Government must respect patients and frontline workers transitioning to one health authority

"We want to work together to ensure that frontline workers, the services they provide, and the people they care for are not negatively affected during the transition to one massive health region." — Bob Bymoen, SGEU President

Regina (31 March 2017) — Saskatchewan’s 3 health care unions, Canadian Union of Public Employees (CUPE), Service Employees International Union (SEIU-West) and the Saskatchewan Government and General Employees' Union (SGEU/NUPGE), have been collaborating on a proposal to present to government that would mitigate the impact on patient, client and resident care while the government transitions to one provincial health authority. This proposal calls for a formal bargaining council structure to help stabilize labour relations and negotiate with the new authority.

Bargaining councils provide structure to negotiate with several unions

"We want to work together to ensure that frontline workers, the services they provide, and the people they care for are not negatively affected during the transition to one massive health region,” said Bob Bymoen, President of SGEU. “We hope that our government shares this view and will work with our proposal to ensure this is a seamless transition for everyone.”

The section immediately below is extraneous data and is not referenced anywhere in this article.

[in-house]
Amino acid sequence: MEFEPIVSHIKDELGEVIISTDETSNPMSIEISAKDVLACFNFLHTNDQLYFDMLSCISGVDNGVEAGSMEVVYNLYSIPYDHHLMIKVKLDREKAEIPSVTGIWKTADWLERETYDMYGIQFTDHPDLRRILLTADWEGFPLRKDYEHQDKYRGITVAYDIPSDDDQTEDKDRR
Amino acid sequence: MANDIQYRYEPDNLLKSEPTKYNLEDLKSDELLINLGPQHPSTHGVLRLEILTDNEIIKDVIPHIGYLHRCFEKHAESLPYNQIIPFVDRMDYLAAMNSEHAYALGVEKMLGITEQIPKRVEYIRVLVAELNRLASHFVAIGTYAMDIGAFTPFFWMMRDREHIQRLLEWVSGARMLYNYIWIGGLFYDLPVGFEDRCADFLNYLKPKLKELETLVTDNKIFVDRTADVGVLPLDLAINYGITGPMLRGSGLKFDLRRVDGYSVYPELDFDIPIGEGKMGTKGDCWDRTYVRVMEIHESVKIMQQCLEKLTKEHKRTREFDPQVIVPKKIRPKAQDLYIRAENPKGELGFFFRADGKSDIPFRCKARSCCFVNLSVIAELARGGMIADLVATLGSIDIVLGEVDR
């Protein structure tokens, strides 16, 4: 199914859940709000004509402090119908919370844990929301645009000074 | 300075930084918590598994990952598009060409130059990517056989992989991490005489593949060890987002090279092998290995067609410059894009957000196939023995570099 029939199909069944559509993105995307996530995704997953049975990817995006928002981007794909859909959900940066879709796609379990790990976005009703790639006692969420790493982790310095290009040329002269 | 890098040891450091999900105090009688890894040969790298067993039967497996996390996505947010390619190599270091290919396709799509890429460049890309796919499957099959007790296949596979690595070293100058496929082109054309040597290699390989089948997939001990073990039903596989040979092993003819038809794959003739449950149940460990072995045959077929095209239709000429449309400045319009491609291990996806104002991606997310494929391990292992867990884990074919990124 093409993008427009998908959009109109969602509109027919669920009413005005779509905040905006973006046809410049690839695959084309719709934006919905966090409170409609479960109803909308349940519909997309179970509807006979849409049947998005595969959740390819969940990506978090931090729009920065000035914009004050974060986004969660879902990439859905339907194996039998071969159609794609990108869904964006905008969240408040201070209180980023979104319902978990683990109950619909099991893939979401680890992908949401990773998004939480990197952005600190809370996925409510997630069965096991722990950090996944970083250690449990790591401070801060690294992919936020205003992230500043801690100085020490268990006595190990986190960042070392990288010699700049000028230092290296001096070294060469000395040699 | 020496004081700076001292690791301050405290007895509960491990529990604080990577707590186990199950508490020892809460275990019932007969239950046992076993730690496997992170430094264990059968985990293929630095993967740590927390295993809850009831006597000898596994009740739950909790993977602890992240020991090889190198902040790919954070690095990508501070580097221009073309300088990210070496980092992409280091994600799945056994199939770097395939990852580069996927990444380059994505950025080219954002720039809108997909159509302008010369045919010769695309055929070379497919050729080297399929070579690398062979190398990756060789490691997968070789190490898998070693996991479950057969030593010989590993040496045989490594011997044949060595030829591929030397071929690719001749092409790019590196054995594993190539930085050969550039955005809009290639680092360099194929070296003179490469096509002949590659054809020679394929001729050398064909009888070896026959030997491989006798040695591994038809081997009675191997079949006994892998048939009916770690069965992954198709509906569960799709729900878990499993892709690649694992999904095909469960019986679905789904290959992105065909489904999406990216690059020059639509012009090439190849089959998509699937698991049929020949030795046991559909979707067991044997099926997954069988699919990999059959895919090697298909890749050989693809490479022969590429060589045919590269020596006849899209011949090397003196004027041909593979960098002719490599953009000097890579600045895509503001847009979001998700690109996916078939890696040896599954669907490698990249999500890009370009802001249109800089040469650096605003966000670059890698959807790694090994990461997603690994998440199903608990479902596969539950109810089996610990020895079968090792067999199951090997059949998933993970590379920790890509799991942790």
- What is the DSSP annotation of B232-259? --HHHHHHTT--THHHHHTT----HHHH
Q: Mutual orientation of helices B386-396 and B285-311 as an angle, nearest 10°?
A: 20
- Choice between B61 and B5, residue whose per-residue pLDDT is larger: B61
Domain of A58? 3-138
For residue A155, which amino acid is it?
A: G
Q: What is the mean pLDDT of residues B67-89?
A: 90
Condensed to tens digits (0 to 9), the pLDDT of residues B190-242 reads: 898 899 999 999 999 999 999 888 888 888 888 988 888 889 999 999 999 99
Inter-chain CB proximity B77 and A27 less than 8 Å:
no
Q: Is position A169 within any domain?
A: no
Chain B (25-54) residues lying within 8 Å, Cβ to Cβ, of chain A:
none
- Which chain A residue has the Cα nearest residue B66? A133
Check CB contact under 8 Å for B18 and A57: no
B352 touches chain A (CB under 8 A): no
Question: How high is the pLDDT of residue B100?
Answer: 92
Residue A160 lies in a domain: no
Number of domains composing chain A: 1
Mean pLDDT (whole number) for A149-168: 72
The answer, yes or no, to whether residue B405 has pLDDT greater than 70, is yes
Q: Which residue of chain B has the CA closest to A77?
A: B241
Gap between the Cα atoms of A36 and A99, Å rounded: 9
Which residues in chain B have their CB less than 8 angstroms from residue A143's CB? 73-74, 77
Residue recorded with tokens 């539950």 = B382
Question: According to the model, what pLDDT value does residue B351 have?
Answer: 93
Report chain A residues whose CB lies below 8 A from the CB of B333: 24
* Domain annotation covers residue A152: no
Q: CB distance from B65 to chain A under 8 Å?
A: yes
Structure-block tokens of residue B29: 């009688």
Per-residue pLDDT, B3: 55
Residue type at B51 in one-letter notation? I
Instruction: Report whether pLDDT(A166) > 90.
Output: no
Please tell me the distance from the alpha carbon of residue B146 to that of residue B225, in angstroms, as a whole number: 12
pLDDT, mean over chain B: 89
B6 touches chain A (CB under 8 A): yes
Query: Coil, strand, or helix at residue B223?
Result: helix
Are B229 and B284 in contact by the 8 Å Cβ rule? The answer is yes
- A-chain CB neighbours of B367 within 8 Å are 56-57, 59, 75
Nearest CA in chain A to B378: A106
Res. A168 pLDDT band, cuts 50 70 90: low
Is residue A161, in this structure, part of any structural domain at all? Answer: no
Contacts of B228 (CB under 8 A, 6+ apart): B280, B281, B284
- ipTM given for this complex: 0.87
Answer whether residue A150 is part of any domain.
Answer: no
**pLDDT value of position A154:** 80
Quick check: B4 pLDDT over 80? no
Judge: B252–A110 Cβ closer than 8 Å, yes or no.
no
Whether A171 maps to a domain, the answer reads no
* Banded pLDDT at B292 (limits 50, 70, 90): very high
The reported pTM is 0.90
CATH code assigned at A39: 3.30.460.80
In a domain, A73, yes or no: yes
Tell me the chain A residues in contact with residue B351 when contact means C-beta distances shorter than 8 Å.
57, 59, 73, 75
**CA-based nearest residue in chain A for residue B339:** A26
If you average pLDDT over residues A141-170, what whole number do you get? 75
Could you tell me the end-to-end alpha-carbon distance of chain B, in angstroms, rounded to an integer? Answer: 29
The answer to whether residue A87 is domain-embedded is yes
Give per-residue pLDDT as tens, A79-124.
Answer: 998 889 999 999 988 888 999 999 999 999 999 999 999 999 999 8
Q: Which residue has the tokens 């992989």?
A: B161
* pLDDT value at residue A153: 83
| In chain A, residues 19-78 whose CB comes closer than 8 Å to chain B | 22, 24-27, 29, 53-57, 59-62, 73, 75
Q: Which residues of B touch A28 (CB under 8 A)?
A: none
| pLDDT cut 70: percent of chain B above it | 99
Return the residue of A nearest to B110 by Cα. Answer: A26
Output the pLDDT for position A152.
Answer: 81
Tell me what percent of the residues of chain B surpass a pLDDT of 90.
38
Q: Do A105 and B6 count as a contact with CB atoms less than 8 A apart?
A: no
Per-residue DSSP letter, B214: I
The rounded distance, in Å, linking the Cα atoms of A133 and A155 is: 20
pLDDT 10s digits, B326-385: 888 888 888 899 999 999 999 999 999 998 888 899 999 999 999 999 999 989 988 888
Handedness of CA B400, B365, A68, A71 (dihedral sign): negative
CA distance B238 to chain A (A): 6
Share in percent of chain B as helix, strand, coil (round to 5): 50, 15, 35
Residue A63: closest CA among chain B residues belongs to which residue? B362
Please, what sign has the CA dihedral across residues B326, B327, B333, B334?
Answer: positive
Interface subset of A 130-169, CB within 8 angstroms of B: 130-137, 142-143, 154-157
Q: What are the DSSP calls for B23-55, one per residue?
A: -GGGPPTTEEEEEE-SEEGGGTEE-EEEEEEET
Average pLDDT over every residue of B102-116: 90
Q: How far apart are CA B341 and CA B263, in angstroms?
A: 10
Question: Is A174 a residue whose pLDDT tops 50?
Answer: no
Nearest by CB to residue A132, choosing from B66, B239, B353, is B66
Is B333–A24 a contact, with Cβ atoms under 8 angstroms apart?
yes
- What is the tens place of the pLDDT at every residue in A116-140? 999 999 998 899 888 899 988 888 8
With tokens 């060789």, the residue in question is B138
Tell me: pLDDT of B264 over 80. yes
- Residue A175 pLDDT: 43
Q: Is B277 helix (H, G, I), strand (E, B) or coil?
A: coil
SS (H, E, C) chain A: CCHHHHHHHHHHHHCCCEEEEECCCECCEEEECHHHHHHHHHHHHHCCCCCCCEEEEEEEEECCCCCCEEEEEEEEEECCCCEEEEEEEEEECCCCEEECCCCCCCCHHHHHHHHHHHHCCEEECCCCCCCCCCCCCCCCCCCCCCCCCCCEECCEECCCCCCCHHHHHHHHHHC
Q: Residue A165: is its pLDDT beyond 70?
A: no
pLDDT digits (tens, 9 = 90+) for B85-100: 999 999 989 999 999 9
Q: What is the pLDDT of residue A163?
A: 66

This proposal is not unique, as other health care employers and governments in Canada have similar agreements in place such as multi-union bargaining councils in British Columbia (since 1998) and in Nova Scotia (since 2015) where health care unions and government agreed to a similar structure.

Health care workers want to minimize disruption on patients

Under the current structure, people accessing health care services have witnessed the results of short staffing in acute, long-term and home care situations. For a decade, health care providers have been calling on the government to reinstate safe staffing levels. No one is confident that moving to one provincial health authority will ease health care providers’ workload or stress.

“We believe that going this route will minimize disruptions in service and ease anxiety that is being felt by health care providers across the province,” said Barbara Cape, President of SEIU-West. “We already do negotiate at a common bargaining table for many elements of our contracts.”

Many questions remain on direction for health care

Since the provincial government released its budget on March 22, many questions regarding health care funding remain. How will the actual changes to health care funding, and the additional funds from the federal government, improve the delivery of valuable public health services in Saskatchewan?

“We want the government to respect our members and their current collective agreements and rights,” said Gordon Campbell, President of CUPE Health Care Council. “Recognizing the existing union jurisdictions will lend balance to labour relations that supports the continuity of care provision within the new health region structure.”


NUPGE

The National Union of Public and General Employees (NUPGE) is one of Canada's largest labour organizations with over 370,000 members. Our mission is to improve the lives of working families and to build a stronger Canada by ensuring our common wealth is used for the common good. ~ NUPGE

 

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